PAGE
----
NASA scientist William Zhang wasn't always a mirror-making whiz. In fact, this year's IRAD (Internal Research and Development) Innovator of the Year at NASA's Goddard Space Flight Center in Greenbelt, Maryland, started his career working underground -- literally.
Zhang won the Goddard Office of the Chief Technologist's top prize -- bestowed annually on those who demonstrate the best in innovation -- for his foresight, perseverance, and leadership advancing state-of-the-art X-ray optics.
In particular, he and his team created a new type of mirror made of mono-crystalline silicon, an abundantly available material commonly used to manufacture computer chips. The new mirror type is now baselined for use on the conceptual Lynx X-ray Observatory -- one of four potential missions that scientists have vetted as worthy of consideration by the 2020 Decadal Survey for Astrophysics.
"Will saw a need and pursued the mirror-making concepts with tenacity," said Goddard Chief Technologist Peter Hughes. "Silicon has never been used to make super-thin, lightweight, easily reproducible X-ray mirrors. His innovation could represent a paradigm shift in X-ray astronomy for decades to come. Certainly, Will and his team have reinvented the way NASA builds these highly specialized mirrors. He is the poster child for how to advance innovative new technologies."
Though he has proven his mettle in mirror making, Zhang actually started his career as a particle physicist and detector scientist. As a graduate student at the University of Pennsylvania, he spent his daylight hours searching for neutrinos at the Kamioka Observatory located in the Mozumi mine two miles beneath a mountain peak in western Japan -- a site chosen so that cosmic rays wouldn't interfere with the measurements.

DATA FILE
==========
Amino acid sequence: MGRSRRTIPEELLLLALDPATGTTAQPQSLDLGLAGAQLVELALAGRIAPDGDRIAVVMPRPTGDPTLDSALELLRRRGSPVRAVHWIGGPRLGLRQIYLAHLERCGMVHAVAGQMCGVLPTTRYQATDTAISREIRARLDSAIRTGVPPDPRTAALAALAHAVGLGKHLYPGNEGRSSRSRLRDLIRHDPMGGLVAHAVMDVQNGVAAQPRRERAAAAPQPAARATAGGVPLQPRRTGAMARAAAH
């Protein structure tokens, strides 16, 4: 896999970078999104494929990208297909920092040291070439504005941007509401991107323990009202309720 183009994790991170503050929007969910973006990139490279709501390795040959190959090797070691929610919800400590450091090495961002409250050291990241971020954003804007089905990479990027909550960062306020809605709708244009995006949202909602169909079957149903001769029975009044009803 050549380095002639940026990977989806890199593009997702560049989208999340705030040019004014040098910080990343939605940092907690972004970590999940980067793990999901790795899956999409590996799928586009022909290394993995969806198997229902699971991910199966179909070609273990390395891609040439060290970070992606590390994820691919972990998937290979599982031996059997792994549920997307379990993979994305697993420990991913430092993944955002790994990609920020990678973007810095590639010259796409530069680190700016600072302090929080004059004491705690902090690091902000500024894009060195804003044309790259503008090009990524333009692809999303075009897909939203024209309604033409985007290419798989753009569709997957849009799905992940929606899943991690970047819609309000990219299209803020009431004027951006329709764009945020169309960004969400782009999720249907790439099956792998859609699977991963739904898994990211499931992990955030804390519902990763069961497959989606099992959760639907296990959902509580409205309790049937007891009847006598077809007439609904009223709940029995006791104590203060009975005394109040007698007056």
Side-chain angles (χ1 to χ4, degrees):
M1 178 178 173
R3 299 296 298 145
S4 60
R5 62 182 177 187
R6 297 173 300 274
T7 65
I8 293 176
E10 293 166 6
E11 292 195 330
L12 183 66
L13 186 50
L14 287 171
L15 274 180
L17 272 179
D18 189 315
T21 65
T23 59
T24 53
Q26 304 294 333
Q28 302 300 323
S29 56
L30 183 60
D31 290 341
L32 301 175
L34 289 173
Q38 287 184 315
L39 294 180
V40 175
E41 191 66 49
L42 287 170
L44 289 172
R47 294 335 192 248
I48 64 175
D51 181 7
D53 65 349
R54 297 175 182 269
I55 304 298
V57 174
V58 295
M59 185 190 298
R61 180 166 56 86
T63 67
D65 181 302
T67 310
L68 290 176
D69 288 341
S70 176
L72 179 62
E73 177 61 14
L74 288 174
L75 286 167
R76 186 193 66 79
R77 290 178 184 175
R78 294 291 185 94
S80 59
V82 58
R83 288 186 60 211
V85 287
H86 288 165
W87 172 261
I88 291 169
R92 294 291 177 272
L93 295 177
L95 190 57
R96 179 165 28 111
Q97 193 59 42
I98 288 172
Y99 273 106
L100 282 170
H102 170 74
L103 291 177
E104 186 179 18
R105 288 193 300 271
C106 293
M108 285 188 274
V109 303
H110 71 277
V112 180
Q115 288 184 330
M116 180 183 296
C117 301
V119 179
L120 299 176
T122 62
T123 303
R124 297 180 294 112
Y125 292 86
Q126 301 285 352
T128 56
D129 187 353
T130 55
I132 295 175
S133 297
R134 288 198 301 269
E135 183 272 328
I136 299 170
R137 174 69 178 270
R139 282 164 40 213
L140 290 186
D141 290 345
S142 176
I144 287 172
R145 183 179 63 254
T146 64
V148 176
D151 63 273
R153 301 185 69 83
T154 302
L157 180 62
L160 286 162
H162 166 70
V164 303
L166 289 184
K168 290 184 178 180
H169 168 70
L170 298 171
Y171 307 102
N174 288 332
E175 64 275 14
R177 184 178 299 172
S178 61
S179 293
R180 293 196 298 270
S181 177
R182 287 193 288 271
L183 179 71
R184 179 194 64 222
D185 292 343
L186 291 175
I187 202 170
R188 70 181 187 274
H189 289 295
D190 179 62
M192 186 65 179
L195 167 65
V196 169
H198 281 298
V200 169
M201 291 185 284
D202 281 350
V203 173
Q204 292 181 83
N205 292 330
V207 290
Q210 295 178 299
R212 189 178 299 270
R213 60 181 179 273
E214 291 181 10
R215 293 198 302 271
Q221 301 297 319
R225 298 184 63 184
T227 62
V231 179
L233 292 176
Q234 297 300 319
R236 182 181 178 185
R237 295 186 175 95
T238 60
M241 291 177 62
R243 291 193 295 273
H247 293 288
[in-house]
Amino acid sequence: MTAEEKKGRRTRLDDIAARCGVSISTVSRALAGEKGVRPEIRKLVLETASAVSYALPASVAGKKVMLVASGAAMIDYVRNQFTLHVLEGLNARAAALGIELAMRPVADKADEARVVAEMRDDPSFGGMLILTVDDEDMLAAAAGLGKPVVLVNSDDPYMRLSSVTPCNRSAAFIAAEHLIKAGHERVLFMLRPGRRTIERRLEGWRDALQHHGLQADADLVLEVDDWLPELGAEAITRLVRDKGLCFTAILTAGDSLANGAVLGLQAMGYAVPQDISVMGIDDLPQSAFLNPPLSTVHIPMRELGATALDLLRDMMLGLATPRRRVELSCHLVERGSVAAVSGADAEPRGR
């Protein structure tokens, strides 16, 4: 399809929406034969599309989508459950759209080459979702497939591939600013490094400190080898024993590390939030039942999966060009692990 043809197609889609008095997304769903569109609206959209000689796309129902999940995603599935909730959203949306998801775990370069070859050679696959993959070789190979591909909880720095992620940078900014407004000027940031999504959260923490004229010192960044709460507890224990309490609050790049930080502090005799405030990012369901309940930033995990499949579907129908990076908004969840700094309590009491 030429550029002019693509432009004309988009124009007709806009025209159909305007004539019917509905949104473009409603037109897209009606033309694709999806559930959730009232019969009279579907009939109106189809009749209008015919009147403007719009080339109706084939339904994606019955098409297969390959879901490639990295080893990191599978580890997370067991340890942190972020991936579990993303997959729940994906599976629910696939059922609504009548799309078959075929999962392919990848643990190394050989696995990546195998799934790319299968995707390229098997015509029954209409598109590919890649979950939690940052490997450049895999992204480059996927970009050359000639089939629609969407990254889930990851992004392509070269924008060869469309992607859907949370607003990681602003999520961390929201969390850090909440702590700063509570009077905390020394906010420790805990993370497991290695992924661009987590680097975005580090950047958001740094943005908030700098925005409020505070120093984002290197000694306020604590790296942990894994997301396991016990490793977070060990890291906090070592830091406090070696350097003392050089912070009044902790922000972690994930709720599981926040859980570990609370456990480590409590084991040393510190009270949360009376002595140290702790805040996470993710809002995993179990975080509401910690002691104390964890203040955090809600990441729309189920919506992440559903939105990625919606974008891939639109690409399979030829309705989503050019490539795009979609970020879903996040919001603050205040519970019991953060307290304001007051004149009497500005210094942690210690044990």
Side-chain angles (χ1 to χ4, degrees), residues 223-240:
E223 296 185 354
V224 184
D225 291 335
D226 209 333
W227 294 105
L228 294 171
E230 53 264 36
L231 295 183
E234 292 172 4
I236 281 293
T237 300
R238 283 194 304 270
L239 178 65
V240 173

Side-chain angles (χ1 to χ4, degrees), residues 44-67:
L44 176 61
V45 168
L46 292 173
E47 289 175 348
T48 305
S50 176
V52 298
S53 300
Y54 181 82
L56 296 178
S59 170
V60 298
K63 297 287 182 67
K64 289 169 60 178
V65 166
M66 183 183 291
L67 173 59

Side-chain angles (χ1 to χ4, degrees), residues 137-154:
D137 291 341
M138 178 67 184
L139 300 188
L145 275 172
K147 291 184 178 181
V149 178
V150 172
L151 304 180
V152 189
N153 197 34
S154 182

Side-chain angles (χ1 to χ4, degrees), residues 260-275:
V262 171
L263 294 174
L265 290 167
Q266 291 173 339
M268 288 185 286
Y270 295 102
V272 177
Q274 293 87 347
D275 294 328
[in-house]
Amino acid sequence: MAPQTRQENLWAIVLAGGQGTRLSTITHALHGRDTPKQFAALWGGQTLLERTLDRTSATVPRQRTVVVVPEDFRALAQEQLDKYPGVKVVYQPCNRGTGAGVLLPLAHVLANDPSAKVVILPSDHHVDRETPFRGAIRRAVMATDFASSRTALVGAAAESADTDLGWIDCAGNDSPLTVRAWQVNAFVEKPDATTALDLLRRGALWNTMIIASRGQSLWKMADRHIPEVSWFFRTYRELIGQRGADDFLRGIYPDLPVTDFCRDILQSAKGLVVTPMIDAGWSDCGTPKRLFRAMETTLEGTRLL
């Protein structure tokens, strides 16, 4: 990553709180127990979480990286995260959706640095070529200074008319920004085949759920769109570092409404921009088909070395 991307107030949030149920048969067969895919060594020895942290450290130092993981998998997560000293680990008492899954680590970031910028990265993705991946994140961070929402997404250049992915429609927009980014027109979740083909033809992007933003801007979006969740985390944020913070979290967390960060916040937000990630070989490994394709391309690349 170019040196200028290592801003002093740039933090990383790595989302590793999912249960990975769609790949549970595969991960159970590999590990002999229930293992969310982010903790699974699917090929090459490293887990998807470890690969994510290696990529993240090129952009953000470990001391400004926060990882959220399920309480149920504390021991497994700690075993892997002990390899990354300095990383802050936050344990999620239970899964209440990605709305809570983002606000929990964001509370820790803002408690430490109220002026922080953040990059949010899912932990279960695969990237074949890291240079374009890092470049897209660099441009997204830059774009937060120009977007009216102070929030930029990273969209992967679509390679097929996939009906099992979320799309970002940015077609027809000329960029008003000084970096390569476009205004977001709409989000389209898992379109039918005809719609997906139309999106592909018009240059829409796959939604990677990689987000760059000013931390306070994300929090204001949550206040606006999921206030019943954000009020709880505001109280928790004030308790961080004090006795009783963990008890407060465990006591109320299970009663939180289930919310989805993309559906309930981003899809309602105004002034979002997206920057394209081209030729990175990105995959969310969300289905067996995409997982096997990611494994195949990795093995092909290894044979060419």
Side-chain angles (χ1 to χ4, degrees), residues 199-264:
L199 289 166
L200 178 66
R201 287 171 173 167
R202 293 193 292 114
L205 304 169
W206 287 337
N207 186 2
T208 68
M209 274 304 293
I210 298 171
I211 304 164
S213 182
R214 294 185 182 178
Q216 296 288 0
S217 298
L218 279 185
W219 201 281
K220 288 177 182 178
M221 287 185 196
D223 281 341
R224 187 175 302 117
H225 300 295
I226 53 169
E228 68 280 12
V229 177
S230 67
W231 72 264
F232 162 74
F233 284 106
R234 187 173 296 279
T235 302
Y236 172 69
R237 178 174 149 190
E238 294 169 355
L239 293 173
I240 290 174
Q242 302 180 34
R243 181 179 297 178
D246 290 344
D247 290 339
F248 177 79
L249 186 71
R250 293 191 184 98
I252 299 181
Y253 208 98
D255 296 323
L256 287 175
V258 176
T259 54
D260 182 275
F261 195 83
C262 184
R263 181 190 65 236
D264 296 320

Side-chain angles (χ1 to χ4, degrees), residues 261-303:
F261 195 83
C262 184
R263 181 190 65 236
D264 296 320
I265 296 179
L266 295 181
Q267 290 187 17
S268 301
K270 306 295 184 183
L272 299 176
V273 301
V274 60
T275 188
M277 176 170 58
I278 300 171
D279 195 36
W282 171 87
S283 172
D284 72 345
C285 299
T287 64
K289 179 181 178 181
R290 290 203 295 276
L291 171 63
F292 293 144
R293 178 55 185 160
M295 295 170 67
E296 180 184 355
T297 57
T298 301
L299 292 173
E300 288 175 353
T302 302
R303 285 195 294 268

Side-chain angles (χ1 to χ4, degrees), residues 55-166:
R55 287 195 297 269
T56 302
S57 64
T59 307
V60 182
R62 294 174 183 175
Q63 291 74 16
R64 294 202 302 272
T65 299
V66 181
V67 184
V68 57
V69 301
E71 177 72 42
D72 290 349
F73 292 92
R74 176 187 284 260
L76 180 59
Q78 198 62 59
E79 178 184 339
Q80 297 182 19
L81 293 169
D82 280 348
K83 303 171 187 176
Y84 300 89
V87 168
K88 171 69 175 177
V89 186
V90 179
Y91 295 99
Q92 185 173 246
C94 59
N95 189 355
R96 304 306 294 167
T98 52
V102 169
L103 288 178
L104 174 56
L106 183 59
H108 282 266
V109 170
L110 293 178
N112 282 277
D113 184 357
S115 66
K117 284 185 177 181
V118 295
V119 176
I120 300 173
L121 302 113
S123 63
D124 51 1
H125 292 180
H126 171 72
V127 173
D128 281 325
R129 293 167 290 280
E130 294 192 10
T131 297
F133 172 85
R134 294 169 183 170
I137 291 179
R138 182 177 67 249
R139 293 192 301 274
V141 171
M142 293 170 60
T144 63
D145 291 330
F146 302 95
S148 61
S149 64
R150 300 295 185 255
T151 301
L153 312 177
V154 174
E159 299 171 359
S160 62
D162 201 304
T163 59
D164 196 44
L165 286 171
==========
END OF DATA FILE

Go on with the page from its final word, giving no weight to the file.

Although the experiment did not succeed in detecting proton decay, which was its original purpose, it successfully detected neutrinos from supernova 1987A and the Sun using state-of-the-art electronics and data-acquisition systems that Zhang helped build.
The experience served another useful purpose.
"I'd go down there before sunrise and wouldn't come back up until nightfall," Zhang recalled. After three years as a subterranean worker, "I discovered I would prefer having an office with windows. I had enough of mining."
It's a good thing for Goddard.
After a stint with Los Alamos National Laboratory in New Mexico, Zhang came to the center specifically to build and calibrate the Proportional Counter Array that flew on the Rossi X-ray Timing Explorer that launched in late 1995. With scientific papers published in technical journals, Zhang began casting about for a new challenge and got one when his former boss suggested he apply his talents to Constellation-X, a conceptual X-ray mission at the time.
"Optics turned out to be the most important technology for X-ray astronomy," Zhang said, adding that these highly specialized mirror segments are curved and aligned inside a canister-type assembly to collect highly energetic X-ray photons emanating from hot objects, such as pulsars, galactic supernovae remnants, and the accretion disk of black holes.
Because the mirrors are curved, X-ray photons graze their surfaces -- much like skipping stones -- and deflect into an observatory's instruments rather than passing through them. "They had a default technique for making these optics and I thought it wasn't working very well."
The key, he reasoned, was making these optics much thinner, lighter, and less expensive to manufacture. If the individual mirror segments were thick and heavy, like those employed by NASA's Chandra X-ray Observatory, fewer mirrors could fly, limiting the observatory's collecting area and therefore its sensitivity or ability to discern details of an astronomical target.